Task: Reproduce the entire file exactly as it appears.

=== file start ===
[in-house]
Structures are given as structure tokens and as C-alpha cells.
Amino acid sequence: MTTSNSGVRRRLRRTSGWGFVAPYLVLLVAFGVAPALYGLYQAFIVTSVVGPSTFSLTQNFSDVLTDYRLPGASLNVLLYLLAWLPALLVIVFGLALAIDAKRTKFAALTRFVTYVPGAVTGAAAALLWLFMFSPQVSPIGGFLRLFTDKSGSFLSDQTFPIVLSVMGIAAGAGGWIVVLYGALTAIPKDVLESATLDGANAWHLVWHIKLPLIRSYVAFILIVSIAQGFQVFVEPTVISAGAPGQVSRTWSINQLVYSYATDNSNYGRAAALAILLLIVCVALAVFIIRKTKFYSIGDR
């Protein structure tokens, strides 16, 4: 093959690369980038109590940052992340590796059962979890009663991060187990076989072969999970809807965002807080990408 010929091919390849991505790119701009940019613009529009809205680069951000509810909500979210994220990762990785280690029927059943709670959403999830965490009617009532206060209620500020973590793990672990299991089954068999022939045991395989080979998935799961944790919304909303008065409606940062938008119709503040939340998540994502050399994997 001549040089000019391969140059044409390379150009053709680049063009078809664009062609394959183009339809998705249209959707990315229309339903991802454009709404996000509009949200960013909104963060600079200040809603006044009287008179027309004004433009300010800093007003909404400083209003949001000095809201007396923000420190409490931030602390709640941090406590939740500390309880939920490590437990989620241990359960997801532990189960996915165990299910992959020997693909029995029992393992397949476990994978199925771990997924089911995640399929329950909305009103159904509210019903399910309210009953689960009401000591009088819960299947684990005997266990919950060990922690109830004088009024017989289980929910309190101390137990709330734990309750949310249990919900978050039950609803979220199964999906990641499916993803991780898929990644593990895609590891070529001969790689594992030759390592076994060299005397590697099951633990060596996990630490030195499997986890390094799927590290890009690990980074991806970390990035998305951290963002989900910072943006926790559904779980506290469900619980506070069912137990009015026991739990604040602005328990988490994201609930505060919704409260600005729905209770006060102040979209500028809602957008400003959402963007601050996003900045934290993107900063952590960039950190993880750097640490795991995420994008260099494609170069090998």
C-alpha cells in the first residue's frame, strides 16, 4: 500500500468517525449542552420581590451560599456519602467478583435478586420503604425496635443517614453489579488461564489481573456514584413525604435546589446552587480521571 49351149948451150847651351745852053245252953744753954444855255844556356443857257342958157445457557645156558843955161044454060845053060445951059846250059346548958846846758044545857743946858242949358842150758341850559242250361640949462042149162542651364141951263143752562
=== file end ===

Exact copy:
[in-house]
Structures are given as structure tokens and as C-alpha cells.
Amino acid sequence: MTTSNSGVRRRLRRTSGWGFVAPYLVLLVAFGVAPALYGLYQAFIVTSVVGPSTFSLTQNFSDVLTDYRLPGASLNVLLYLLAWLPALLVIVFGLALAIDAKRTKFAALTRFVTYVPGAVTGAAAALLWLFMFSPQVSPIGGFLRLFTDKSGSFLSDQTFPIVLSVMGIAAGAGGWIVVLYGALTAIPKDVLESATLDGANAWHLVWHIKLPLIRSYVAFILIVSIAQGFQVFVEPTVISAGAPGQVSRTWSINQLVYSYATDNSNYGRAAALAILLLIVCVALAVFIIRKTKFYSIGDR
């Protein structure tokens, strides 16, 4: 093959690369980038109590940052992340590796059962979890009663991060187990076989072969999970809807965002807080990408 010929091919390849991505790119701009940019613009529009809205680069951000509810909500979210994220990762990785280690029927059943709670959403999830965490009617009532206060209620500020973590793990672990299991089954068999022939045991395989080979998935799961944790919304909303008065409606940062938008119709503040939340998540994502050399994997 001549040089000019391969140059044409390379150009053709680049063009078809664009062609394959183009339809998705249209959707990315229309339903991802454009709404996000509009949200960013909104963060600079200040809603006044009287008179027309004004433009300010800093007003909404400083209003949001000095809201007396923000420190409490931030602390709640941090406590939740500390309880939920490590437990989620241990359960997801532990189960996915165990299910992959020997693909029995029992393992397949476990994978199925771990997924089911995640399929329950909305009103159904509210019903399910309210009953689960009401000591009088819960299947684990005997266990919950060990922690109830004088009024017989289980929910309190101390137990709330734990309750949310249990919900978050039950609803979220199964999906990641499916993803991780898929990644593990895609590891070529001969790689594992030759390592076994060299005397590697099951633990060596996990630490030195499997986890390094799927590290890009690990980074991806970390990035998305951290963002989900910072943006926790559904779980506290469900619980506070069912137990009015026991739990604040602005328990988490994201609930505060919704409260600005729905209770006060102040979209500028809602957008400003959402963007601050996003900045934290993107900063952590960039950190993880750097640490795991995420994008260099494609170069090998």
C-alpha cells in the first residue's frame, strides 16, 4: 500500500468517525449542552420581590451560599456519602467478583435478586420503604425496635443517614453489579488461564489481573456514584413525604435546589446552587480521571 49351149948451150847651351745852053245252953744753954444855255844556356443857257342958157445457557645156558843955161044454060845053060445951059846250059346548958846846758044545857743946858242949358842150758341850559242250361640949462042149162542651364141951263143752562